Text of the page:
Review: And Then There Was Love…
- Šimon Holý’s sophomore feature is a quirky, melancholic comedy about two generations struggling to understand each other
Showcased in the Proxima strand of this year’s Karlovy Vary International Film Festival, young helmer Šimon Holý’s second feature is a quirky, melancholic comedy characterised by a linear narrative structure and a good dose of deadpan humour. Holý debuted with Mirrors in the Dark [+see also:
interview: Šimon Holý
film profile] last year, a tale of a dancer at a crossroads in her life, screened at the same Czech gathering.
His new movie, titled And Then There Was Love... [+see also:
interview: Šimon Holý
film profile], revolves around a 60-year-old woman called Kristýna (Pavla Tomicová), hopeless, depressed and in a desperate search for love. Somehow, Kristýna is convinced that the best way to handle her numerous problems is to travel to the Vysočina highlands. There, she will see a fortune-teller, Zdena (Tereza Hofová), who will charge her more than €600 for a short stay in her middle-of-nowhere countryside house and will read her tarot. However, Kristýna won’t be travelling to the highlands alone, as she will force her reluctant, thirty-something daughter Sára (Sára Venclovská) to come along and undergo this strange “exoteric therapy.”
Overall, Tomicová and Venclovská do a fair job at depicting the two lead characters. Kristýna is riddled by several frustrations and demons of her past, and appears ready to believe in anything that could cheer her up. She seems to struggle with accepting that she’s not young anymore. But don’t expect to see a lady obsessed with cosmetics, plastic surgery or youthful looks. What Kristýna misses the most is perhaps the light-heartedness and the freedom of her young days, and this makes her character less stereotypical and much more sympathetic. Meanwhile, Sára appears to be a more rational, grounded woman who has a hard time understanding why her mother keeps on making so many bad choices, including a clumsy flirtation with a careless colleague who could be her son.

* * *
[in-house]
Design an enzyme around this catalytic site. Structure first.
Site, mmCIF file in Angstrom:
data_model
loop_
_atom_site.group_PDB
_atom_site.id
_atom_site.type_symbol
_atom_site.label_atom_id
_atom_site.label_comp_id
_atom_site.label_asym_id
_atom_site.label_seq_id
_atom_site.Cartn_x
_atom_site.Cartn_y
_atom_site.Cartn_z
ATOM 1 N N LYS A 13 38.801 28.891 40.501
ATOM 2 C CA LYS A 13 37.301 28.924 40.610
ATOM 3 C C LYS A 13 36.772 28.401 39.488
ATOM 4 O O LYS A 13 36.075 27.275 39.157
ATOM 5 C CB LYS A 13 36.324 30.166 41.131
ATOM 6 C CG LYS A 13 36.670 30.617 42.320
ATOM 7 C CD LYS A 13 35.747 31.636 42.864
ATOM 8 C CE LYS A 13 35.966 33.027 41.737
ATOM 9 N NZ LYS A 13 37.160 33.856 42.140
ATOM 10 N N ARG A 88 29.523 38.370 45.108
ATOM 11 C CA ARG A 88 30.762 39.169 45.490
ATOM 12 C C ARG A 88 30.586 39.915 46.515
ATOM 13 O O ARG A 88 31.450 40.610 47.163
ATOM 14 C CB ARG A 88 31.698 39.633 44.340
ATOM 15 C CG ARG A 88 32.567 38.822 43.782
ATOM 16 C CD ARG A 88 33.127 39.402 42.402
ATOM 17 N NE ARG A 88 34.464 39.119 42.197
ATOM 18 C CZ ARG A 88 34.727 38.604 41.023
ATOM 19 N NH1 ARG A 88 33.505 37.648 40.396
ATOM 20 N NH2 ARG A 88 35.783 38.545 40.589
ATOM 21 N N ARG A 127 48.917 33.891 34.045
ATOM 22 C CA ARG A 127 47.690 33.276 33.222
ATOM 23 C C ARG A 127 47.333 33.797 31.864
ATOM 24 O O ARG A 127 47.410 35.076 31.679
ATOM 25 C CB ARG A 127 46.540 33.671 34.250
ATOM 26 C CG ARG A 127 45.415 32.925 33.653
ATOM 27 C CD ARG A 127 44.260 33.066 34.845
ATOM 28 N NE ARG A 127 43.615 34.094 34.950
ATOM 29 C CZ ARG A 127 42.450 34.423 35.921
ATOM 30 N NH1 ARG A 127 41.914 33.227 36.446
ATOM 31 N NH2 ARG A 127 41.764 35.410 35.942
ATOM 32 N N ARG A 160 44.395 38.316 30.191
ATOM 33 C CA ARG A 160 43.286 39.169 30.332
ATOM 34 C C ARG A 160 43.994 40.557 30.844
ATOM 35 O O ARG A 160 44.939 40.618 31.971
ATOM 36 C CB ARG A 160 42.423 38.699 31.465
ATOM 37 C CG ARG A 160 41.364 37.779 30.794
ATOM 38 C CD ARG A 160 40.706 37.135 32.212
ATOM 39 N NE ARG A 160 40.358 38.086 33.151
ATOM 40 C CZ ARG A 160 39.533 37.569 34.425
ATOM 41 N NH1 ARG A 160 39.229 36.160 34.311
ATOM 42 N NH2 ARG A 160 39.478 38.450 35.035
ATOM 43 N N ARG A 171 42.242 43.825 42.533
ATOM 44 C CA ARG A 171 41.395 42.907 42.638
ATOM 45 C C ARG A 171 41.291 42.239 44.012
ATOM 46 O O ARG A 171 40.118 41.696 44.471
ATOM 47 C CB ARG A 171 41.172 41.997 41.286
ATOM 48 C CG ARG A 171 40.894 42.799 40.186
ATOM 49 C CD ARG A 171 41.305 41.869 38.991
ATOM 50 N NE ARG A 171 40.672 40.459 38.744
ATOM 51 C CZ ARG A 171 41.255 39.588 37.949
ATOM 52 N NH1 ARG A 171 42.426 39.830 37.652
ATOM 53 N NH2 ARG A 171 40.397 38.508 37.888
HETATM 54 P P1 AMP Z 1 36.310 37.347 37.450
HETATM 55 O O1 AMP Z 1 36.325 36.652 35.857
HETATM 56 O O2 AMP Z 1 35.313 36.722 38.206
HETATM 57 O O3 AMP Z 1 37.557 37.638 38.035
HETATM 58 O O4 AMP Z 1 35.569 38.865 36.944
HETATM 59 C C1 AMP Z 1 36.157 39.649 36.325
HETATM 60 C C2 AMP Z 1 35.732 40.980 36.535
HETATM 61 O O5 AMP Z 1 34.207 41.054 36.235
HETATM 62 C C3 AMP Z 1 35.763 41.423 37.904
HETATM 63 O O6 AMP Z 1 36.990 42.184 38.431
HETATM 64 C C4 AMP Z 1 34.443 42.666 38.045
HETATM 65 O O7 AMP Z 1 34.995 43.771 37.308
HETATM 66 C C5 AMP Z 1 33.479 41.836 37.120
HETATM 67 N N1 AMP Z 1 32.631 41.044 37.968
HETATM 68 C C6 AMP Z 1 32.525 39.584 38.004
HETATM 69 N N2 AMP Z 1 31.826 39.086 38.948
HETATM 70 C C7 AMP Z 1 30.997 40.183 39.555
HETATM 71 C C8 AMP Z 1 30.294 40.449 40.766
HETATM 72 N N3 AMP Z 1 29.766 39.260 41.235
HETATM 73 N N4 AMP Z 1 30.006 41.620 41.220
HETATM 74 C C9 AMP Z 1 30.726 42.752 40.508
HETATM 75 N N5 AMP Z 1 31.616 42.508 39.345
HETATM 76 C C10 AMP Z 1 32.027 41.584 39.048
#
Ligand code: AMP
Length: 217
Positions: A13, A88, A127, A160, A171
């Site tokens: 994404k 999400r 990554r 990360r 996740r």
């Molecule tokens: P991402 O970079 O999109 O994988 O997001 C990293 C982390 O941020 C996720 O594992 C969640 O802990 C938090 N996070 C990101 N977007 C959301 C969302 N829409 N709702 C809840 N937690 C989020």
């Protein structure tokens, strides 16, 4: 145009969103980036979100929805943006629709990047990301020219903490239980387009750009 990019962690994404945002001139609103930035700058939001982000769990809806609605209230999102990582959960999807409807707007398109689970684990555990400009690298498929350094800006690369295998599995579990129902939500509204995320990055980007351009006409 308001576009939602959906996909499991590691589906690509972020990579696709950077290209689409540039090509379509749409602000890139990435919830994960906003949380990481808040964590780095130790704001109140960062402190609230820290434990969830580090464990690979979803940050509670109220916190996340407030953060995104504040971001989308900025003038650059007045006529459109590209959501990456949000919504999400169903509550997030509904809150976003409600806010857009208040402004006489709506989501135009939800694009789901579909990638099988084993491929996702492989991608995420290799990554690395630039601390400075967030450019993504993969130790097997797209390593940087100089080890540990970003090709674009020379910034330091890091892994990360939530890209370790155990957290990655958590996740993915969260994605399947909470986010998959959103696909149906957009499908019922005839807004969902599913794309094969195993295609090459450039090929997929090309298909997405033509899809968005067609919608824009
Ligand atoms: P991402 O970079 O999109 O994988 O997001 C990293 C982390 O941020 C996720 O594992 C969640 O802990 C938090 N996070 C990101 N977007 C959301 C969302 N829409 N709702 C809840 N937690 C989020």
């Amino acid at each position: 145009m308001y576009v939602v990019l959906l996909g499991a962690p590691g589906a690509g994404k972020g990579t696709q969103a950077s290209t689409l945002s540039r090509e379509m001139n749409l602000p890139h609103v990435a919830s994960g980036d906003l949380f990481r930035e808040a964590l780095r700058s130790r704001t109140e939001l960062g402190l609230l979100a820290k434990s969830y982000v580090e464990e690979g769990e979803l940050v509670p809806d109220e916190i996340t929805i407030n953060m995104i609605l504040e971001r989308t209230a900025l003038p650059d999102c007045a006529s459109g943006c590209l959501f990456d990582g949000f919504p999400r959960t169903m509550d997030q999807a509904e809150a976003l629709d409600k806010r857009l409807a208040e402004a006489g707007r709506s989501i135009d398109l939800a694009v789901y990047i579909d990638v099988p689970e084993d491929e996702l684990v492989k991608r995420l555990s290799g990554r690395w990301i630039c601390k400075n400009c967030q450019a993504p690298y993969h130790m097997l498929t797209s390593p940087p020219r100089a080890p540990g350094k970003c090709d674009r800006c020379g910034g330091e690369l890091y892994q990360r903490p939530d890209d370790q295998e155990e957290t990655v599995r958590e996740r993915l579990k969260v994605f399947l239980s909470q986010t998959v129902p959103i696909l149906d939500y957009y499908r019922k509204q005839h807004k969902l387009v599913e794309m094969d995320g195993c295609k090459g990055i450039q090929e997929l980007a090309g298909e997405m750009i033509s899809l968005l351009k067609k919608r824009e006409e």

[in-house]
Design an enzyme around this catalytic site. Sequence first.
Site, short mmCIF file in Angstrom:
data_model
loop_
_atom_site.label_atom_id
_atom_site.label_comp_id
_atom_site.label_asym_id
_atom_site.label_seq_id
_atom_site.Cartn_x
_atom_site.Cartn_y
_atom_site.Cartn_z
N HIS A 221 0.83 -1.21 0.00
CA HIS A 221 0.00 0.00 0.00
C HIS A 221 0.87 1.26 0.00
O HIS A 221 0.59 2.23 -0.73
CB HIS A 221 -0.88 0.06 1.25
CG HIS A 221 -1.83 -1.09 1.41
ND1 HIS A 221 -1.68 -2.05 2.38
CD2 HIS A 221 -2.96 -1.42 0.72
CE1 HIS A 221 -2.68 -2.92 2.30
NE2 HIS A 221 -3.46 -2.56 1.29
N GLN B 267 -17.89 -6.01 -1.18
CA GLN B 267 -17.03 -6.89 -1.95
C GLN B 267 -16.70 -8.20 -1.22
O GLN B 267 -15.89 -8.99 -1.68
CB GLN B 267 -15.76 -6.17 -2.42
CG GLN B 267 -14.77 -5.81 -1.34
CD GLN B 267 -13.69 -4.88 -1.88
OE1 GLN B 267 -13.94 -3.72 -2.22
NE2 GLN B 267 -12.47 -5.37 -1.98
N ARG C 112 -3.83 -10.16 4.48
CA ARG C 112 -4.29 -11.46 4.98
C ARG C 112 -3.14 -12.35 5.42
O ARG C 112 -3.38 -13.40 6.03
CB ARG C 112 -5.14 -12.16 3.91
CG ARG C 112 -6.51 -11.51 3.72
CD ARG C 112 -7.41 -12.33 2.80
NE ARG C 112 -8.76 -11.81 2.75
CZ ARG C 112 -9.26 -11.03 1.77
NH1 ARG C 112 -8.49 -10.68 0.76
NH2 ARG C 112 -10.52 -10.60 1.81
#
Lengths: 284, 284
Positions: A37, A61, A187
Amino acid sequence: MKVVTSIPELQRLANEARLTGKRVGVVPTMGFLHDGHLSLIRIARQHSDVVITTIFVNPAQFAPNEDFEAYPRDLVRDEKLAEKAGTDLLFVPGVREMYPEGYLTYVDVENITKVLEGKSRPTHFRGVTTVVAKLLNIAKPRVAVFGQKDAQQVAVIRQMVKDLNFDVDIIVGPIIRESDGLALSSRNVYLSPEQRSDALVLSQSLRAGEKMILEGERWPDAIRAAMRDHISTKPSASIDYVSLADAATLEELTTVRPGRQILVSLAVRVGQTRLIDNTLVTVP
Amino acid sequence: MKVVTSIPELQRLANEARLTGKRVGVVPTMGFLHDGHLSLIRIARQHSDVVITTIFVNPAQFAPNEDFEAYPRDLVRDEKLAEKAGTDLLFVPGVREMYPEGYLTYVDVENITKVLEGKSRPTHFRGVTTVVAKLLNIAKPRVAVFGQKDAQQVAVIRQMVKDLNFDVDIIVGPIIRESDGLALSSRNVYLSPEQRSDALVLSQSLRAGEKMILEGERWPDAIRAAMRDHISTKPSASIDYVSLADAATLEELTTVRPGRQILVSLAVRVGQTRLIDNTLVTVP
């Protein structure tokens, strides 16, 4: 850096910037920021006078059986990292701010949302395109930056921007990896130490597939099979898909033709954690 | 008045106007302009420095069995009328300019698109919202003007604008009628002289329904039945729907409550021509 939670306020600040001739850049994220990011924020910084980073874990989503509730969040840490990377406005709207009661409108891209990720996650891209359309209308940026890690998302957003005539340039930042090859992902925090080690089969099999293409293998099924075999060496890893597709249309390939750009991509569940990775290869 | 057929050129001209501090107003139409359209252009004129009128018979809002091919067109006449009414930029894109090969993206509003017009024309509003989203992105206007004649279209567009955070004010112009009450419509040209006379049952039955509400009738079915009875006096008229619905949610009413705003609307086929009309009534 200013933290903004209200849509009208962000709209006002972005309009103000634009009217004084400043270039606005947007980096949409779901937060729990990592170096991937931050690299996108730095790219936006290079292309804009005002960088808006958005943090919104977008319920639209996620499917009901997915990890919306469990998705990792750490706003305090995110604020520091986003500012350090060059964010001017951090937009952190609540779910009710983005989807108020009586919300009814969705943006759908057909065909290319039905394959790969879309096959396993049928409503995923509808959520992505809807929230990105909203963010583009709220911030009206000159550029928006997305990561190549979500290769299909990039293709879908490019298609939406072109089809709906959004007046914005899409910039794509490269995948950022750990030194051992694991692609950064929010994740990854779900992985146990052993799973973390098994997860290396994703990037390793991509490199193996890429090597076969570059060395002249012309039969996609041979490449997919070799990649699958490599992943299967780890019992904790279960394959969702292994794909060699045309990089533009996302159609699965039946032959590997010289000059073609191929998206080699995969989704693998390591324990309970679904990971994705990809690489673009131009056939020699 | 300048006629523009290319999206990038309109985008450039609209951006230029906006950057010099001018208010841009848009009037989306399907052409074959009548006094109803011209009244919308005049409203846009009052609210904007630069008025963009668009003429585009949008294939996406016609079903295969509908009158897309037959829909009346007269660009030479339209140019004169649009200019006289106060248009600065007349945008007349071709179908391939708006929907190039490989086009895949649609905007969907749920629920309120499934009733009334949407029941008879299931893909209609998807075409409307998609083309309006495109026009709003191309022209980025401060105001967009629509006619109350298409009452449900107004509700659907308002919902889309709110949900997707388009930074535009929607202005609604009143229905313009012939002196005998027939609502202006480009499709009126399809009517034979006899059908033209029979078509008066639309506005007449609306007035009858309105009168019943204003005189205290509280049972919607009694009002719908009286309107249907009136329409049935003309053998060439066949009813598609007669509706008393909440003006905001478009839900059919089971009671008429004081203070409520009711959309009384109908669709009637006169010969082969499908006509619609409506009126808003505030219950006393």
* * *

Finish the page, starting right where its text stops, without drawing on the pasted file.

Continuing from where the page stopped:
Their conflicts allow Holý to explore with sufficient depth themes of intergenerational clash and growing up in a dysfunctional family. While these are certainly not novel subjects, the director manages to make them plain to see on screen through clever comedic devices and engaging intimate dialogues.
Here, the fortune-teller acts as a sort of strange mediator. Viewers may be undecided whether to label her a charlatan or someone who genuinely believes in the art of card reading as a tool to help people out. Interestingly, the character is introduced through an Instagram story, wherein she claims that this will be “the first and last video” she will publish as she feels that “she must do that.” The truth is that she is promoting her “card reading experience” through a sort of bizarre comparative advertising practice, as she won’t charge “20 euros just to answer one single question” like someone else did recently.
The closure of the narrative arc does enough justice to the characters’ development, and the last scene (the very last frame in particular) leaves a touch of ambiguity about Zdena’s character and her card reading activities that some spectators may truly appreciate.
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